Cats are not just small dogs. They require a different type of interaction and care, both at home and at the veterinarian’s office. Recently our entire staff obtained their Cat Friendly Veterinary Professional (CFVP) certification from the American Association of Feline Practitioners (AAFP) and Dr. Miller obtained his certification as a Cat Friendly Veterinarian (CFV)! We went through this program because we want your cat to have the best experience possible while they are with us; however, cat friendly care doesn’t start or stop at our door. There are things you should be doing at home as well to ensure your cat is happy wherever they are.
Are you a multi-cat household? The biggest mistakes that we see in homes with multiple cats are the placement of the food/water bowls and litter boxes. Most people do not realize how territorial cats are and they will often resource guard and “bully” each other because a resource is in “their territory.” Cats should have their own food/water stations that are out of sight from one another. This isn’t to say they can’t or shouldn’t share, but they should all have access without having to fight for a spot. This is similarly true for litter boxes. Cats should feel safe and secure and able to escape the area easily (no closets, no laundry rooms due to noise). You should also have one litter box for each cat plus one extra spaced around the home.
He is always watching.
Though cats can and will live in groups they are actually solitary creatures and prefer to hunt alone vs. feeding and living in packs. The same as above, they should have their own spaces to rest, play, eat, drink, and sleep without having to share unless they want to. Cats should not be forced to spend time together or to interact with one another (this goes for other pets and people, too).
Ugh. Why did mom adopt YOU?!
Acclimate your cat to the carrier long before you ever need to use it. There is nothing more stressful for a cat that is not acclimated to a carrier than being chased through the house and then shoved in a tiny box and then driven somewhere scary and unfamiliar. From that point on the presence of the carrier will be associated with that stressful event. However, if you train your cat ahead of time and use an appropriate carrier you will eliminate a great majority of the stress a cat feels associated with a veterinary visit or other reason for travel. Keep the carrier out in the open, place a cozy bed in it, and leave the door open at all times. Give your cat treats and meals in the carrier (with the door open) that way it is not seen as an automatic signal that something scary is about to happen.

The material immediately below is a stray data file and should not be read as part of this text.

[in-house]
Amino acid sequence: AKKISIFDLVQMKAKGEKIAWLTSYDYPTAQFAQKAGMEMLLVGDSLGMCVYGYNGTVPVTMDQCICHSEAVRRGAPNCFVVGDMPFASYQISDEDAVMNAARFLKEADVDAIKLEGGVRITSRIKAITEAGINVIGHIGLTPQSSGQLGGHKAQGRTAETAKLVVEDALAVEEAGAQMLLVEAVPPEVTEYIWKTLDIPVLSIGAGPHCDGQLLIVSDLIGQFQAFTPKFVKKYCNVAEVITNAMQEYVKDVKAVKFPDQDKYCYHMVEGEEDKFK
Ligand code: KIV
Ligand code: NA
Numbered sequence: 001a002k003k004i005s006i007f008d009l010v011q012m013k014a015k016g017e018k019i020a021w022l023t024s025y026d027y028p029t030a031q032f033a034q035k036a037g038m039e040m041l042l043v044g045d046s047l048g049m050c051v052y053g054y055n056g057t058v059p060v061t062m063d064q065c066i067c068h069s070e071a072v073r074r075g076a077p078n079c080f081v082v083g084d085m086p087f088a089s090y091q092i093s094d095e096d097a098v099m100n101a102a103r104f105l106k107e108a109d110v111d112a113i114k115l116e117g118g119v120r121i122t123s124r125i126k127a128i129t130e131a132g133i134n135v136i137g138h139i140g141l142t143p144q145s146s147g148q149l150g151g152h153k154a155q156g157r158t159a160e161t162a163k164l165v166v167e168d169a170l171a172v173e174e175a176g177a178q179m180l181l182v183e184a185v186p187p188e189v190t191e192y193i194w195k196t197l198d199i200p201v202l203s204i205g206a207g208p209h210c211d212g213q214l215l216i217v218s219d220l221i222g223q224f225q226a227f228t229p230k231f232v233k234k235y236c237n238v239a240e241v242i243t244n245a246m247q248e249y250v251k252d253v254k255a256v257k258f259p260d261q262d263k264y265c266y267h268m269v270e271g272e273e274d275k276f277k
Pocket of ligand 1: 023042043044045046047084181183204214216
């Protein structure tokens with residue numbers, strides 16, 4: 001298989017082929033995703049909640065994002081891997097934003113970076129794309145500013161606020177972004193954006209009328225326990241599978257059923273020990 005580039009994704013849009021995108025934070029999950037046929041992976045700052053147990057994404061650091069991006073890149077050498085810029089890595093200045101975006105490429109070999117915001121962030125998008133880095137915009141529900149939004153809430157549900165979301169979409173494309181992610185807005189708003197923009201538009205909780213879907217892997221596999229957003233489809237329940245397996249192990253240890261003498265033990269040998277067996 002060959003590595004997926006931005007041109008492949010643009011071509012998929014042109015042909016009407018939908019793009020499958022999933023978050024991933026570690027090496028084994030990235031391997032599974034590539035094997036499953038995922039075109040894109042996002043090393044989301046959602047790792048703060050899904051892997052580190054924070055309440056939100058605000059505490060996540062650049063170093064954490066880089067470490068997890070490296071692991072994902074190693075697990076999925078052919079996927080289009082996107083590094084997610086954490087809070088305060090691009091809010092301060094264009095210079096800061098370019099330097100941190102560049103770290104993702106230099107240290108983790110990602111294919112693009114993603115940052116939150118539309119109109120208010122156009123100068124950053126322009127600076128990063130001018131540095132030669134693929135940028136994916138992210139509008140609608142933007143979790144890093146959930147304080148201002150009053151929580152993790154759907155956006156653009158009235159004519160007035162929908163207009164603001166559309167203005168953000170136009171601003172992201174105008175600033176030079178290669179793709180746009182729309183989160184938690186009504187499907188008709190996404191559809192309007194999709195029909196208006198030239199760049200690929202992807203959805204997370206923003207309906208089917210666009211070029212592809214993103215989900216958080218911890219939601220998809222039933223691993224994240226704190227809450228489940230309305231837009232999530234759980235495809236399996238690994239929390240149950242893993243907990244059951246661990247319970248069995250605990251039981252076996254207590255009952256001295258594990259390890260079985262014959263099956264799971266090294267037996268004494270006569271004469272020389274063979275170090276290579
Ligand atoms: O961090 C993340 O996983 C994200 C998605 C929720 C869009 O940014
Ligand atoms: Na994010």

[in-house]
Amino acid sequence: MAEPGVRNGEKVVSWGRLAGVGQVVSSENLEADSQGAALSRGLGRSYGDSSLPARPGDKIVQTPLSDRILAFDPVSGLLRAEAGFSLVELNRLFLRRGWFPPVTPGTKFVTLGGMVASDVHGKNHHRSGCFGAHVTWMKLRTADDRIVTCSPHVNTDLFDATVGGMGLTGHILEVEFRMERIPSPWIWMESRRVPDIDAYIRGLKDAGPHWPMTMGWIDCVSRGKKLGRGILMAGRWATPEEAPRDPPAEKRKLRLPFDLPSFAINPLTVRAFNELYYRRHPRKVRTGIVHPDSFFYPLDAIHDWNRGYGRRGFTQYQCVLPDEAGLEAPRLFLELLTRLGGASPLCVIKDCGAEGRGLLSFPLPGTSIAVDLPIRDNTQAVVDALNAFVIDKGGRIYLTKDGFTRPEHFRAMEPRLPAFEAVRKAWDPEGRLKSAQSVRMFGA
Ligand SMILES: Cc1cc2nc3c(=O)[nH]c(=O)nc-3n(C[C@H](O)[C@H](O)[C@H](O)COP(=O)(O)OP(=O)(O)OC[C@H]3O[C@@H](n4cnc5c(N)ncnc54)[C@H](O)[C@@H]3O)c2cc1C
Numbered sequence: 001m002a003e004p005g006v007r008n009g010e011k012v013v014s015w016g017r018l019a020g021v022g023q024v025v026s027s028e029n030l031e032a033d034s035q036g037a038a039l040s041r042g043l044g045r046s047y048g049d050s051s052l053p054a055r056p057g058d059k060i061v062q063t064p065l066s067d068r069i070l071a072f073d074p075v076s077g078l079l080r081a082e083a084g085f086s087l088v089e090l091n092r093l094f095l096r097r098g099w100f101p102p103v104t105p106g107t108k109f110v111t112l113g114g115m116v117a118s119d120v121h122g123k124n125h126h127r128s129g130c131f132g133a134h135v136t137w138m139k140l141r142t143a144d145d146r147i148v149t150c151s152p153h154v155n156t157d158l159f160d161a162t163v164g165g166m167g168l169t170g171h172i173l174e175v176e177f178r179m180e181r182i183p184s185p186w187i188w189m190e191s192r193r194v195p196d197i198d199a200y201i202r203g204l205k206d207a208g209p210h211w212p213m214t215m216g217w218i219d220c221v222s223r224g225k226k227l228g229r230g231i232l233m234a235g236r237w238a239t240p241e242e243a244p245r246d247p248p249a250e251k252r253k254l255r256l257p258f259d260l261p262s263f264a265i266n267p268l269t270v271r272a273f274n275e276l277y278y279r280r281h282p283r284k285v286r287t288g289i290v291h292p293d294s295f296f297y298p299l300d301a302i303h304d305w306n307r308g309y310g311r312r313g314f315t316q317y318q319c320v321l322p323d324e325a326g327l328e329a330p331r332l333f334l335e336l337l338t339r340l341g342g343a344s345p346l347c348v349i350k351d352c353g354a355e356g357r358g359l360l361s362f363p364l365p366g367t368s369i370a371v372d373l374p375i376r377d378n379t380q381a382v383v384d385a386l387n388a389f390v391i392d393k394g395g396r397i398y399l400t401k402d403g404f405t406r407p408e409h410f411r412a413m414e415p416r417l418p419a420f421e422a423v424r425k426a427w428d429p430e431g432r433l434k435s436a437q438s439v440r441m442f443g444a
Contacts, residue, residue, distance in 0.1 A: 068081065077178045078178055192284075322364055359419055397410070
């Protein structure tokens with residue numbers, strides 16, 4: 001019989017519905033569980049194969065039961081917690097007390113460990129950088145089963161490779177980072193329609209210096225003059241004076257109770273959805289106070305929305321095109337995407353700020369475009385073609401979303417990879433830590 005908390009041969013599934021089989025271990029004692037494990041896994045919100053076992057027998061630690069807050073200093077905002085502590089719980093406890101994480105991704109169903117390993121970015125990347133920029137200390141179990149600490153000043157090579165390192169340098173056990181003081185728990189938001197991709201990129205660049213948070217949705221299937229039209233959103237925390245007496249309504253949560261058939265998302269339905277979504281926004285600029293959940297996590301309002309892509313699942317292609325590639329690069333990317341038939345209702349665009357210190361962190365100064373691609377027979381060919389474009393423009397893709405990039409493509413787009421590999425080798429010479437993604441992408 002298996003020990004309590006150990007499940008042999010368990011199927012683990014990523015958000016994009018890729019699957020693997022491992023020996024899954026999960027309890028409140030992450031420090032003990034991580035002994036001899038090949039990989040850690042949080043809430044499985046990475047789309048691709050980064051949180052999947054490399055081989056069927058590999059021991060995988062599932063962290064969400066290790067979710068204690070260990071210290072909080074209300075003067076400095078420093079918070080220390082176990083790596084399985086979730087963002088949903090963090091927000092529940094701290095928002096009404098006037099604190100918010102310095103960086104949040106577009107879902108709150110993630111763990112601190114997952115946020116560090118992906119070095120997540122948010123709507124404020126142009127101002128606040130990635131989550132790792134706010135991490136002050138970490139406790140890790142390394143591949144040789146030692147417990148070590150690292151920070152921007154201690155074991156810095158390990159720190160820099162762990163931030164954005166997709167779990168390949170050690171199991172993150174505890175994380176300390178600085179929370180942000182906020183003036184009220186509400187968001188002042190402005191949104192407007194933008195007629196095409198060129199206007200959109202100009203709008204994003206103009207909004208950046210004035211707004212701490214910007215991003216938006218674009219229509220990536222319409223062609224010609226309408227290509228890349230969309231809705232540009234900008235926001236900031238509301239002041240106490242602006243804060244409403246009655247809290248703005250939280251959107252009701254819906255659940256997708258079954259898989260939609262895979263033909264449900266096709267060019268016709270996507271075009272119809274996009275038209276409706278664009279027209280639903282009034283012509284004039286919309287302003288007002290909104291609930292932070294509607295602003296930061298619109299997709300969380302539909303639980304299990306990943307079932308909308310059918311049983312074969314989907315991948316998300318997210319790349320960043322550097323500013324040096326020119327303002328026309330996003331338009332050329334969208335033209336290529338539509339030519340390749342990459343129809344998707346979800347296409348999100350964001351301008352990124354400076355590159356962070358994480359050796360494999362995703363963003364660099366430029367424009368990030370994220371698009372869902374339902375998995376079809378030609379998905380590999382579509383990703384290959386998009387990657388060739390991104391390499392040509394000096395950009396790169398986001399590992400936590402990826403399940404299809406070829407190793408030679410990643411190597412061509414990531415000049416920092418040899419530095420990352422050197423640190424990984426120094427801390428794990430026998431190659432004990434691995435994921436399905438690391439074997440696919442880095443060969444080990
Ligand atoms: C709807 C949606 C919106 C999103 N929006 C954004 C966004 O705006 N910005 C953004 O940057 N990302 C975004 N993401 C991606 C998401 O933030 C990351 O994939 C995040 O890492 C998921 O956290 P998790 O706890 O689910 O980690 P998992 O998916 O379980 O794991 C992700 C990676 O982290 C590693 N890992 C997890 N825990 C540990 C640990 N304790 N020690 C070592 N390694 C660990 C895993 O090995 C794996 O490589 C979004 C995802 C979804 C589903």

The look of a cat that actually LIKES her carrier...
Choosing an appropriate carrier is also a BIG DEAL. Crates should be clean and rust free. They should have multiple doors (ideally one at the front and the top) and they should also be able to come apart easily (so we can do their exams and other treatments without removing them from the carrier which should be a safe space for them). If you have successfully acclimated your cat to the carrier at home then when they come in to us it will be a source of safety and comfort and make their visit much more pleasant.
We LOVE the carriers with the side clips and not the screw closures that always seem to rust right away.
Environment enrichment is another huge thing for cats. In the modern era cats should be indoor only for their own health and safety. But, with this change it has shown shifts in the issues we see cats for: namely, obesity from not getting enough exercise and eating too much, and aggression and/or destructive behavior from not getting enough or appropriate stimulation. Many people see cats as aloof and lazy compared to dogs, but the truth is they are wonderfully active and inquisitive creatures that love to play and interact with their humans. You should provide your cat with several scratching sources and different places to rest or hide. There are vertical and horizontal scratching posts (yep, they each have a preference!) available. And, not only can you purchase cat trees these days, but also catios, cat specific shelving for your walls, hammocks for your windows, and more. There is a world of awesome products out there for your kitties to keep them feeling safe, happy, and engaged.
You can buy cat specific shelves or build your own! There are a lot of designs online.
Obviously, these are just a few of the things that you can do to keep your cat happy. Our staff is ready to discuss additional things you can do at home and even give recommendations for our favorite toys, treats, and other things you can purchase to provide enrichment (or you know, just plain spoil them for the heck of it!).
Spoiled? Who? ME?!
Sarah M. has been with Lifetime Pet Center since 2005. She is our Practice Manager and loves client education and pet behavior. She is a certified Cat Friendly Veterinary Professional and certified Veterinary Cannabis Counselor.